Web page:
Viernes, 22 Junio, 2018

UK's May surprises with change of policy on care for the elderly

Tories vow to reduce annual net immigration to ‘tens of thousands UK's May surprises with change of policy on care for the elderly
Manuel Armenta | 20 May, 2017, 01:12

Welsh Liberal Democrat leader Mark Williams said European Union aid had been essential "in creating and safeguarding jobs, bringing our infrastructure into the 21st Century in many parts of the country, and providing opportunities for new entrepreneurs".

"In a global race for talent and innovation, United Kingdom firms risk being left in the starting blocks because of a blunt approach to immigration", said Carolyn Fairbairn, director of employers' group the Confederation of British Industry.

The manifesto, however, makes clear that May would enter negotiations with a "spirit of honest co-operation", with the aim of striking a favorable deal for Britain. The manifesto also says the willing to pay to remain a part of specific European Union programs.

May insists she is determined to make a success of Brexit, which poses huge risks for the British economy. The value of the pound has tumbled since Britons voted to leave the bloc, pushing costs up and driving inflation higher than wage growth.

May launched it with a speech in the northern England town of Halifax, a Labour seat the Tories hope to win on June 8.

At the launch of her political party's manifesto it was made clear that immigration is regarded as a major policy that needs changed.

Theresa May has promised a "mainstream government that would deliver for mainstream Britain" as she pledged money for schools, cuts to pensioner benefits and an overhaul of the social care system.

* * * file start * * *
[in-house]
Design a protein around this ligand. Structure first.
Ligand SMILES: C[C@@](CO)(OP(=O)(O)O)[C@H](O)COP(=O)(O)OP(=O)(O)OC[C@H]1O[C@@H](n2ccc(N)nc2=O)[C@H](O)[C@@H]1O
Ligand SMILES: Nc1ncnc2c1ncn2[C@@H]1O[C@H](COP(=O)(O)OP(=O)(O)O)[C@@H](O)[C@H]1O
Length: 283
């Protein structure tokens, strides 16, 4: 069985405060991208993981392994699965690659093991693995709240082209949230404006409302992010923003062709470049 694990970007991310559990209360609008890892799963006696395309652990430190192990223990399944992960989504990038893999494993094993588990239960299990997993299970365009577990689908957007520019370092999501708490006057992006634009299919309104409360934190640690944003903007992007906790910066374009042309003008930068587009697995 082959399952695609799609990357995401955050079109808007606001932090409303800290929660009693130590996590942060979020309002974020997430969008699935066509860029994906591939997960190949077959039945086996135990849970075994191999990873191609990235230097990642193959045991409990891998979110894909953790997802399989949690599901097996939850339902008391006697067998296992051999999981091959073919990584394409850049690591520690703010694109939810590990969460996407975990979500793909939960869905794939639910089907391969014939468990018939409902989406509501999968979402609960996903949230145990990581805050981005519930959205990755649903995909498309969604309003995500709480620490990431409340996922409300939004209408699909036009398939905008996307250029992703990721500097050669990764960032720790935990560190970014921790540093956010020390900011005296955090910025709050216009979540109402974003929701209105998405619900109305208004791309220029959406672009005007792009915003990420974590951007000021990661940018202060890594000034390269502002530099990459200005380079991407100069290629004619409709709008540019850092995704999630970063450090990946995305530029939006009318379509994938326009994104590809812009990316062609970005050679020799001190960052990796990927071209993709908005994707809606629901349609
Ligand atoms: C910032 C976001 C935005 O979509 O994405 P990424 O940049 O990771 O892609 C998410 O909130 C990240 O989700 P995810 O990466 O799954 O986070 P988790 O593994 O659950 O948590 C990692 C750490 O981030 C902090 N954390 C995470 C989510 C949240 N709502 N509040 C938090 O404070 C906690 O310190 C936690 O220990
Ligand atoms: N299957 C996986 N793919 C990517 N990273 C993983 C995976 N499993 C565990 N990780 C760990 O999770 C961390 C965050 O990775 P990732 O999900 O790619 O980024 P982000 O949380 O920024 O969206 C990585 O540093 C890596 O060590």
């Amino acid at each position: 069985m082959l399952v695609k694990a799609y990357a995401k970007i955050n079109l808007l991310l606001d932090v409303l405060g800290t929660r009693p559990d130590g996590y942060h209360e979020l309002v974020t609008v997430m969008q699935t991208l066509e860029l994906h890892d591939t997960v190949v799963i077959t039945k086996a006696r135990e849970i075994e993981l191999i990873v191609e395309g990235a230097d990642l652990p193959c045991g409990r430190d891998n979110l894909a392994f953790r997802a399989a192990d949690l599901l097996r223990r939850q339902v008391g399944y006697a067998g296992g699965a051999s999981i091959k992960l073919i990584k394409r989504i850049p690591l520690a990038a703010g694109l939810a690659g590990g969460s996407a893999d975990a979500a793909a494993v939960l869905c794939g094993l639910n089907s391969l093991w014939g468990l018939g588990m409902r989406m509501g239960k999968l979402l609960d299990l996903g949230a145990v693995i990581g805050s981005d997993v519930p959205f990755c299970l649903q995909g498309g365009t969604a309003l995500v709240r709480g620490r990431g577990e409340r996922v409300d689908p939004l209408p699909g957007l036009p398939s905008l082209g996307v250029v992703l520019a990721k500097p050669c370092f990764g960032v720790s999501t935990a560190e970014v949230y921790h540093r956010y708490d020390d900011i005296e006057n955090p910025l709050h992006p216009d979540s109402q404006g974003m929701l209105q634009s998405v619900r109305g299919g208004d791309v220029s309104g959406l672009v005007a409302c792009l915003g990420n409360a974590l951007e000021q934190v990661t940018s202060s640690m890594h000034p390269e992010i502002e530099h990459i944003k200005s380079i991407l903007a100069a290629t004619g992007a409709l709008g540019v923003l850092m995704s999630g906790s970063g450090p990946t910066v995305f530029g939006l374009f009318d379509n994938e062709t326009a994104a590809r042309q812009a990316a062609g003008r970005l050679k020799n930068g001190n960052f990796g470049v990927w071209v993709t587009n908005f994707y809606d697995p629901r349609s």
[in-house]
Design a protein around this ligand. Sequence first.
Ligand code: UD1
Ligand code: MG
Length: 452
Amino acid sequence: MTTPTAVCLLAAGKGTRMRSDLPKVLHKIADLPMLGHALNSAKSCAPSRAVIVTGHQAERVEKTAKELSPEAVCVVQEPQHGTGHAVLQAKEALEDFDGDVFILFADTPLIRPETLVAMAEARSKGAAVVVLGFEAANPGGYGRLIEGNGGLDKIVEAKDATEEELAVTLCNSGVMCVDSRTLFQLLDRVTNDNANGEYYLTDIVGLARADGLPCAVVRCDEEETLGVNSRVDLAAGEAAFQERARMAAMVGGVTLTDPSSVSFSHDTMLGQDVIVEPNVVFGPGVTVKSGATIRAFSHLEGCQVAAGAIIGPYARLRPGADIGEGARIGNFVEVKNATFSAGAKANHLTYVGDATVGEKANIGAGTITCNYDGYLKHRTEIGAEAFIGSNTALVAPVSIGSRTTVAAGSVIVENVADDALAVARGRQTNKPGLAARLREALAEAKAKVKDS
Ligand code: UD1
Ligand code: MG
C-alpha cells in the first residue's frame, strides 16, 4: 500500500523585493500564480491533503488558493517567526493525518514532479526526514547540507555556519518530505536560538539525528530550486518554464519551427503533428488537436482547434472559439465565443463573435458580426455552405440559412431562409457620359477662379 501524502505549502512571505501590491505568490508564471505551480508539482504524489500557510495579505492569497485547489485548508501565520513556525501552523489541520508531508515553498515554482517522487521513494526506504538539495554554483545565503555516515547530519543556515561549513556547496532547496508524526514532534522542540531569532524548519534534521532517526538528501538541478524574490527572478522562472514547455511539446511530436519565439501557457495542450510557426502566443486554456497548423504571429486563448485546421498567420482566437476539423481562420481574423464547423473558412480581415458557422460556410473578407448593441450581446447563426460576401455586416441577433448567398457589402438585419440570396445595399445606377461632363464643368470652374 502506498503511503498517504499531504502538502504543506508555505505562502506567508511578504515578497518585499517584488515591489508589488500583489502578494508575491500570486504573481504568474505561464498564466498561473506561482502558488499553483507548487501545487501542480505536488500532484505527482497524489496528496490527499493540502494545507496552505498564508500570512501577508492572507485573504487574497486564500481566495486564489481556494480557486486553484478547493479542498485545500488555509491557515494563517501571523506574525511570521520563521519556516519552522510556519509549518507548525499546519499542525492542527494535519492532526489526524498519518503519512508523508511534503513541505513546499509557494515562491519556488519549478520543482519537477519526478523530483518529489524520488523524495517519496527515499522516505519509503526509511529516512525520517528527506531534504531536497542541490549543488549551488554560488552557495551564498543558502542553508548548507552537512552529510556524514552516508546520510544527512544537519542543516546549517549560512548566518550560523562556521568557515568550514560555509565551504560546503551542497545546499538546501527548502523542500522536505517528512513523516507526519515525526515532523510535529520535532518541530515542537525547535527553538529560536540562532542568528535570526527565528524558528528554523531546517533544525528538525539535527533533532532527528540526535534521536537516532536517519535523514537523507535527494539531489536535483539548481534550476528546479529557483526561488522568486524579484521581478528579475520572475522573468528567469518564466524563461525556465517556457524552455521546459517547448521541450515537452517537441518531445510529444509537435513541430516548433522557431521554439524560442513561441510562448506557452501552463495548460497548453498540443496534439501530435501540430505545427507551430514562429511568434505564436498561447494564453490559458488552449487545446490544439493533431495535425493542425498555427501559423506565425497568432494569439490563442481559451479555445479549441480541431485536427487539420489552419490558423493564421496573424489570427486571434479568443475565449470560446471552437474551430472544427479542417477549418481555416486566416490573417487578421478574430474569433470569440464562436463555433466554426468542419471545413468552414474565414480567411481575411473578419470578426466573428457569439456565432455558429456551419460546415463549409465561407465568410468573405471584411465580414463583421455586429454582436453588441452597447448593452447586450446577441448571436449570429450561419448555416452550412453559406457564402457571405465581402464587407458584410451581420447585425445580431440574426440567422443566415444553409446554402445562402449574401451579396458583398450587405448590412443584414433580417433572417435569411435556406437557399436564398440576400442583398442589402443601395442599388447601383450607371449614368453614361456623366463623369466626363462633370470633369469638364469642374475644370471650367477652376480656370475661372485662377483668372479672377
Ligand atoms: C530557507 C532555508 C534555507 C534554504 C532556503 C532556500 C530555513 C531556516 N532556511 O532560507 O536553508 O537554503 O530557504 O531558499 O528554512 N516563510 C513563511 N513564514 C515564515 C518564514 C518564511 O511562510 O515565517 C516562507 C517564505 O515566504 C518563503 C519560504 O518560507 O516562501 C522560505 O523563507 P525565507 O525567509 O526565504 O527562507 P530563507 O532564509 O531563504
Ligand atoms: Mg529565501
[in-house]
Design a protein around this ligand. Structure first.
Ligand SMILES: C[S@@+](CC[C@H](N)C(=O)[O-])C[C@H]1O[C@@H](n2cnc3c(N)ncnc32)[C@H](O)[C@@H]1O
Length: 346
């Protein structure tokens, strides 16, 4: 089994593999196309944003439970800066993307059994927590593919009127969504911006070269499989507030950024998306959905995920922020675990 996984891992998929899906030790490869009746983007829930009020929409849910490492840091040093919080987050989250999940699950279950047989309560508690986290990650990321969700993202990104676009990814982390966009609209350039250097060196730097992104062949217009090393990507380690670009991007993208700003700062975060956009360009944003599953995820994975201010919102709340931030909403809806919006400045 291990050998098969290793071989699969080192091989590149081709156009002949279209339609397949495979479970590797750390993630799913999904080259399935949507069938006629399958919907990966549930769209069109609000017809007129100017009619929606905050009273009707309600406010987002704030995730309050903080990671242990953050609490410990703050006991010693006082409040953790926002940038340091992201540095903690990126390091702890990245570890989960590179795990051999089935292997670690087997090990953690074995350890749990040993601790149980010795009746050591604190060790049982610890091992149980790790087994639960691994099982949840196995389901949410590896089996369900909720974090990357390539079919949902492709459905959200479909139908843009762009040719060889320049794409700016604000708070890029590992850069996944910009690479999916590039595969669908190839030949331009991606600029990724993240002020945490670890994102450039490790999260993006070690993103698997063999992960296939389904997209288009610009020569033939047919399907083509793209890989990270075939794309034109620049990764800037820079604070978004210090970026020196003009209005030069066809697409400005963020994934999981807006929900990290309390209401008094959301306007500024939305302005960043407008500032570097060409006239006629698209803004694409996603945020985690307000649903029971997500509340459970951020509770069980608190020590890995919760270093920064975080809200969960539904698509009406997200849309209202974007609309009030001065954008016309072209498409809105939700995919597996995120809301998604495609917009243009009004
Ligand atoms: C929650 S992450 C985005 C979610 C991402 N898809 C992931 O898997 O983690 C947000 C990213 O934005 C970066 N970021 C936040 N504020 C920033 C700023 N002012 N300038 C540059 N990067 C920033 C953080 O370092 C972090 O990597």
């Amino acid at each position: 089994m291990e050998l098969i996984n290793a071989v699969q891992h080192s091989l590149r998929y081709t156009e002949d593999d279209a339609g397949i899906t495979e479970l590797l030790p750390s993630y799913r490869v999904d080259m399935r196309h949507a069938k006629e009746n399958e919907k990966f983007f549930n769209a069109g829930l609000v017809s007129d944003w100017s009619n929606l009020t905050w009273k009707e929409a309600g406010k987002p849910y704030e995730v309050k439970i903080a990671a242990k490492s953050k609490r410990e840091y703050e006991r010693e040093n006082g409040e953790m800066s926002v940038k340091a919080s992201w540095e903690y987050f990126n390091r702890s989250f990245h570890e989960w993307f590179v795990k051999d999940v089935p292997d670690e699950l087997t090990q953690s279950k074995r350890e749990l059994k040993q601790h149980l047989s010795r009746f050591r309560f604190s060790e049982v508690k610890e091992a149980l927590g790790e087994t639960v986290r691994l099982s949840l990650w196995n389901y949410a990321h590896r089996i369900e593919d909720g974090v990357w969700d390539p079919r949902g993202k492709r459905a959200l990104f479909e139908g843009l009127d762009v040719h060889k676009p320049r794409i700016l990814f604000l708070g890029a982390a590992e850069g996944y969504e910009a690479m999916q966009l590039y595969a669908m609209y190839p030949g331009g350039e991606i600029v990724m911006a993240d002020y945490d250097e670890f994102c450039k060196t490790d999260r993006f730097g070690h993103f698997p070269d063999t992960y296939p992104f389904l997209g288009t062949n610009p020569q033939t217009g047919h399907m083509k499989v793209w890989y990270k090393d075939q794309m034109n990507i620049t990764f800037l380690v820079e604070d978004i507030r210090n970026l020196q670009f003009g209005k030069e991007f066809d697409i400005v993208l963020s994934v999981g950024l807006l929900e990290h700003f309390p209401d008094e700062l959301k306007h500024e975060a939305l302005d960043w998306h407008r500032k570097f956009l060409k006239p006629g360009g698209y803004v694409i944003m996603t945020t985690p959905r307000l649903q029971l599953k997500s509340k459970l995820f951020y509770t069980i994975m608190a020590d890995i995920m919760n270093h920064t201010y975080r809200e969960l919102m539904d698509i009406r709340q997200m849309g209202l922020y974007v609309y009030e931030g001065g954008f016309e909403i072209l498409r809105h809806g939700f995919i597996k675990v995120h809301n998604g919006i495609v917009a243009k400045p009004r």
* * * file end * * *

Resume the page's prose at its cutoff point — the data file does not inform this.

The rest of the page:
She also confirmed an end to the pension triple lock which guarantees a minimum annual rise in state pensions, to take on "inter-generational unfairness".

To do that, May said she will remove some financial protections for pensioners - generally a group politicians are loath to alienate due to their high voter-turnout rates.

The manifesto also moots a review of the cost of energy; support for shale gas and more money for communities where fracking goes ahead; bringing fuel poor homes up to band C energy efficiency standards by 2030; and another look at energy efficiency standards for new build properties.

May is often compared to Britain's only other female prime minister, Margaret Thatcher, who transformed the country with pro-market policies that came to be dubbed "Thatcherism". While Thatcher mistrusted the state, May's election manifesto says that "government can and should be a force for good", and outlines a more interventionist role in business and industrial strategy. However, May's political philosophy appears strikingly different.

May a year ago praised free markets and free trade in a speech to party activists, but also said that she would be prepared to intervene where markets were deemed dysfunctional or where companies were exploiting the failures of the market. We reject the cult of individualism.

She said: "The next five years are the most challenging that Britain has faced in my lifetime".

"I know you journalists like to write about it, but there is good solid conservatism which puts the interest of hard working people at the heart of everything we do in government", she said.